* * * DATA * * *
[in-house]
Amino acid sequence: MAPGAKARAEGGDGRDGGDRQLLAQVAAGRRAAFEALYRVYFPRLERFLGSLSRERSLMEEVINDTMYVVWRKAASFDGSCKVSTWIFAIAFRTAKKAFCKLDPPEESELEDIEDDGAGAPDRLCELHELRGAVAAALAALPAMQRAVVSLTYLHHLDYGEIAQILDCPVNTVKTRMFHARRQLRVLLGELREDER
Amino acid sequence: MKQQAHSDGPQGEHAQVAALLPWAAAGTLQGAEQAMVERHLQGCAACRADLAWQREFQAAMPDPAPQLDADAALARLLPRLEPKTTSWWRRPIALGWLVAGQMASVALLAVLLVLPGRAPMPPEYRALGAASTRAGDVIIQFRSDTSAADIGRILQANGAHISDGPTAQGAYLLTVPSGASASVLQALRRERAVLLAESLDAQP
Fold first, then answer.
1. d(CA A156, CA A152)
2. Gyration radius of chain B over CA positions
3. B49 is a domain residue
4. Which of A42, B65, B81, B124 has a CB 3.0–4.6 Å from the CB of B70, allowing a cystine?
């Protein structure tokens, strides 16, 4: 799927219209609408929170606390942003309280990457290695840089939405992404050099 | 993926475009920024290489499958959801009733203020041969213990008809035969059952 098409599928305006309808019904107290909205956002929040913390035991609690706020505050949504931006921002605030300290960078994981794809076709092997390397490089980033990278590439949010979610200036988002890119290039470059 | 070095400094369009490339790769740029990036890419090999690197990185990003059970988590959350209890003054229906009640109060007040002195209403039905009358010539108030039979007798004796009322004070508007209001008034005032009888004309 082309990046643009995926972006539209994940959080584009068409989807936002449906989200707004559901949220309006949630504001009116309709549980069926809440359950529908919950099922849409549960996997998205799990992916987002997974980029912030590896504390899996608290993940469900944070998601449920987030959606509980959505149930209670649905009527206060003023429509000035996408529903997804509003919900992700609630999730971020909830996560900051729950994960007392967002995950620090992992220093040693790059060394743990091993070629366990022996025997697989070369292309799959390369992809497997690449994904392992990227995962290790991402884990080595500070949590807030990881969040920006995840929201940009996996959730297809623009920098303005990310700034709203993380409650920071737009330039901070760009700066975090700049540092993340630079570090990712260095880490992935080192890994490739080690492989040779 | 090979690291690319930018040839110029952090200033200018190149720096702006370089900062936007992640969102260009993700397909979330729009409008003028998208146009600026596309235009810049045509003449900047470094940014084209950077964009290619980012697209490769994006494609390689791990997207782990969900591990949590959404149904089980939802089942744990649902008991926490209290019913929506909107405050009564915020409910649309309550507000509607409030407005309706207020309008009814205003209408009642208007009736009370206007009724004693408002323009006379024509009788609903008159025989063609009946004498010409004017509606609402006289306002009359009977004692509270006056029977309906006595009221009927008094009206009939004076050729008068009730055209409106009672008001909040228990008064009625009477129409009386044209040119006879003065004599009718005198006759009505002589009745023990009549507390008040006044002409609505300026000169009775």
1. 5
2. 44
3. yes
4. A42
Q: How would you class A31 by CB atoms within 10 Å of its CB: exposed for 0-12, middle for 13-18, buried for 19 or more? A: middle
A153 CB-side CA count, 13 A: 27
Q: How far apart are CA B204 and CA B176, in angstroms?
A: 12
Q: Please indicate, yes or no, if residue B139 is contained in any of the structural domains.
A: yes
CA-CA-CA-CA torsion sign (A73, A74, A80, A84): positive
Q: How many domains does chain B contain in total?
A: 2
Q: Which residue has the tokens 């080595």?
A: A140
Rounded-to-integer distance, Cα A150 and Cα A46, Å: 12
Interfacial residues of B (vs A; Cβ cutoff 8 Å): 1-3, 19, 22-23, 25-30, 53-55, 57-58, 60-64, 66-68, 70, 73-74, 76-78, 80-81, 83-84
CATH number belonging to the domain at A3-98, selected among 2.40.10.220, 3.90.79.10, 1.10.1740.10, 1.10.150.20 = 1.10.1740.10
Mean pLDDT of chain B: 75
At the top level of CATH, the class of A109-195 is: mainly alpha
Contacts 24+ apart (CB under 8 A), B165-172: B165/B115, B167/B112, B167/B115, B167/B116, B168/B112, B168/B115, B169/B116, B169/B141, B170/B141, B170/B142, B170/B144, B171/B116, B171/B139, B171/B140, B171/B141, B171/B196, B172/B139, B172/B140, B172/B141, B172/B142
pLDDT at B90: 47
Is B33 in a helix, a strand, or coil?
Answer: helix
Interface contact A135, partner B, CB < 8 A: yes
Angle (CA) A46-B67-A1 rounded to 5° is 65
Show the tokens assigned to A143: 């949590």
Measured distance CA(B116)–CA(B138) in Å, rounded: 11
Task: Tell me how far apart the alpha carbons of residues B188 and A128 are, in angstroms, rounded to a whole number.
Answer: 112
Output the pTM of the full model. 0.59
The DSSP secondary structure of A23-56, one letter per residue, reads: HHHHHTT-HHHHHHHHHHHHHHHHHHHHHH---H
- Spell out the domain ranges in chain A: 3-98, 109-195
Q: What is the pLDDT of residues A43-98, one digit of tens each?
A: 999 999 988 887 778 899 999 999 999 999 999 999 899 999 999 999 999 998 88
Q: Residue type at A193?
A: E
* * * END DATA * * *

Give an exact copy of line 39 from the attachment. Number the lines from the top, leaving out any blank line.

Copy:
Answer: 112